Hypocrisy over renminbi

0 CommentsPrint E-mail China Daily, March 17, 2010
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All the blame that United States politicians are placing on the Chinese currency amounts to nothing but political myopia.

In a letter to the US secretary of the treasury and commerce secretary, 130 US congressmen demanded Monday that the Obama administration get tough with China over its currency practices, insisting that a devalued exchange rate provides a subsidy to Chinese companies and puts foreign competitors at a disadvantage.

Some of these US politicians, if not all, tend to make use of the accusation on the Chinese currency to curry support from voters who are worried about the US unemployment rate.

It may be a time-honored habit for US lawmakers to blame a foreign country for domestic economic woes in tough times. But it only reveals perilous political inertia when strength is needed to meet the real challenges in a time of crisis.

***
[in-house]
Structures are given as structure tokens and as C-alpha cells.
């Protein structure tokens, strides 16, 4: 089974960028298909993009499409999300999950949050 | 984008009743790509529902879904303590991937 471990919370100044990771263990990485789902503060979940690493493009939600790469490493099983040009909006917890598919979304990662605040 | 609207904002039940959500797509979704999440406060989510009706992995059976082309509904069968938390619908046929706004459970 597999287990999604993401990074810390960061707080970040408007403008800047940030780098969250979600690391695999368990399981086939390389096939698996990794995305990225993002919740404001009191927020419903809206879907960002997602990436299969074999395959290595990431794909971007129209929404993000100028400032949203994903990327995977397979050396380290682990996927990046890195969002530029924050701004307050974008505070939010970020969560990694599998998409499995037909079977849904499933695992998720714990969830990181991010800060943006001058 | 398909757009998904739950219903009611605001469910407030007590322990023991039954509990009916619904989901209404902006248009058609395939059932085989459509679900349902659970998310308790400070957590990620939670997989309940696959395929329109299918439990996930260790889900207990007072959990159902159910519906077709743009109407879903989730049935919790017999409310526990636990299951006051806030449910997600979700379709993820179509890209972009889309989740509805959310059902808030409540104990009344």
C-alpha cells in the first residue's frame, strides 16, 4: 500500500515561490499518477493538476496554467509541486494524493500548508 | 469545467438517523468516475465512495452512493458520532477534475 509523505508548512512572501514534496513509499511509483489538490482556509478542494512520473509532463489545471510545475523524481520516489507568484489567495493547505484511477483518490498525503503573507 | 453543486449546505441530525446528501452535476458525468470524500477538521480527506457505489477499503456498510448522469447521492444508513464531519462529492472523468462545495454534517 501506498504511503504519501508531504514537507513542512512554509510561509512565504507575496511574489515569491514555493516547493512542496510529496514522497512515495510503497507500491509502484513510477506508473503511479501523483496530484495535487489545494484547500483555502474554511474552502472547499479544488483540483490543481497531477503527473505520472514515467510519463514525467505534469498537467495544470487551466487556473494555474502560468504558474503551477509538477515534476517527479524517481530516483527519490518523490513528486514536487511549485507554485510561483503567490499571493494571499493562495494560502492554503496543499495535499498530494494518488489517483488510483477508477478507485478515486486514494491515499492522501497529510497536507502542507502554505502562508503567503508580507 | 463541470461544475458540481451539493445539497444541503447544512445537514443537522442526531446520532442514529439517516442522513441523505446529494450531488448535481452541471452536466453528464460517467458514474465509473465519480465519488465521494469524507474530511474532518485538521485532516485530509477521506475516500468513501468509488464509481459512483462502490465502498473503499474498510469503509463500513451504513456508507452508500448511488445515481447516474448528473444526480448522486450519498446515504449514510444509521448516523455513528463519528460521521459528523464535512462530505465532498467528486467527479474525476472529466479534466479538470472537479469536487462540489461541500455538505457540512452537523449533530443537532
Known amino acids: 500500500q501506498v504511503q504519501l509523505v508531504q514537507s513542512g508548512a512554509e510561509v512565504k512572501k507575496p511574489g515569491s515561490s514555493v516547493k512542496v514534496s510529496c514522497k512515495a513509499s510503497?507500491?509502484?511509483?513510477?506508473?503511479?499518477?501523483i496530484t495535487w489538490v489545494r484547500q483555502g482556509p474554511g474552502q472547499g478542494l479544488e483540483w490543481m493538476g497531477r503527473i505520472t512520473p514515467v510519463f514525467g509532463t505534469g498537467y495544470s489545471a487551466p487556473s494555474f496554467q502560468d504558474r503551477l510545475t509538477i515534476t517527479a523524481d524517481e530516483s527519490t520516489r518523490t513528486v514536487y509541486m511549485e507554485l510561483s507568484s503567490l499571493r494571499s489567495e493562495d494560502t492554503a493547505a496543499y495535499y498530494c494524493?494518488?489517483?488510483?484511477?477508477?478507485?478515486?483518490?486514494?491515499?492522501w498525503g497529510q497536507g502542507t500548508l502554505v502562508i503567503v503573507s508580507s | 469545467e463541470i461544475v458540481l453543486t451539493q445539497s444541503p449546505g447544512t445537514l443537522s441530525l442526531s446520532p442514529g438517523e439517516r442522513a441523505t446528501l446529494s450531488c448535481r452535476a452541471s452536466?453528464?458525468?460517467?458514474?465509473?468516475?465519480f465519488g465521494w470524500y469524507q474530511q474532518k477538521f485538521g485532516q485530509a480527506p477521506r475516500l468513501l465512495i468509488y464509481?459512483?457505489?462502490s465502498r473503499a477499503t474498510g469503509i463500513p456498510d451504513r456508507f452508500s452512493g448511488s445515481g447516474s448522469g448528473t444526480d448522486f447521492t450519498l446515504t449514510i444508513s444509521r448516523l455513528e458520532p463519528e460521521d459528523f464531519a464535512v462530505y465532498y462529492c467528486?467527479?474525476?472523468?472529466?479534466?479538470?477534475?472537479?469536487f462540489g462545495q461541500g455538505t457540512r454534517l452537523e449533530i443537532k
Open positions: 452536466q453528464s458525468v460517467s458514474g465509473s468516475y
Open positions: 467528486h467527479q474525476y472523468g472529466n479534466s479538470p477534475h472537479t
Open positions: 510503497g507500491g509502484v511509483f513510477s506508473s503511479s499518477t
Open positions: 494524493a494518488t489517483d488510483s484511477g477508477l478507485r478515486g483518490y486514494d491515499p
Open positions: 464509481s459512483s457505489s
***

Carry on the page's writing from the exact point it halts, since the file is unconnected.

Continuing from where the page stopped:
Their exaggeration of the impact of China's currency policy on the US economy will blind US people to the causes of the current crisis and thus delay meaningful reforms to fix them.

If they are serious about the global competitiveness of US companies, these congressmen should for example, ask General Motors management why they made large profits in China last year while requiring multibillion-dollar bailouts at home. China's foreign exchange rate can hardly be part of the answer because the US automaker has already localized its production. The truth may lie at the much higher US labor costs, an obvious problem that few US politician have so far been brave enough to face, not to mention fix.

Besides, the consequences of a revaluation of the renminbi must include a diversification of Chinese investment from US Treasury bonds into other US assets. If they are not yet ready for more US hi-tech exports to China or Chinese acquisition of top US companies, these congressmen should be careful about what they are asking for.

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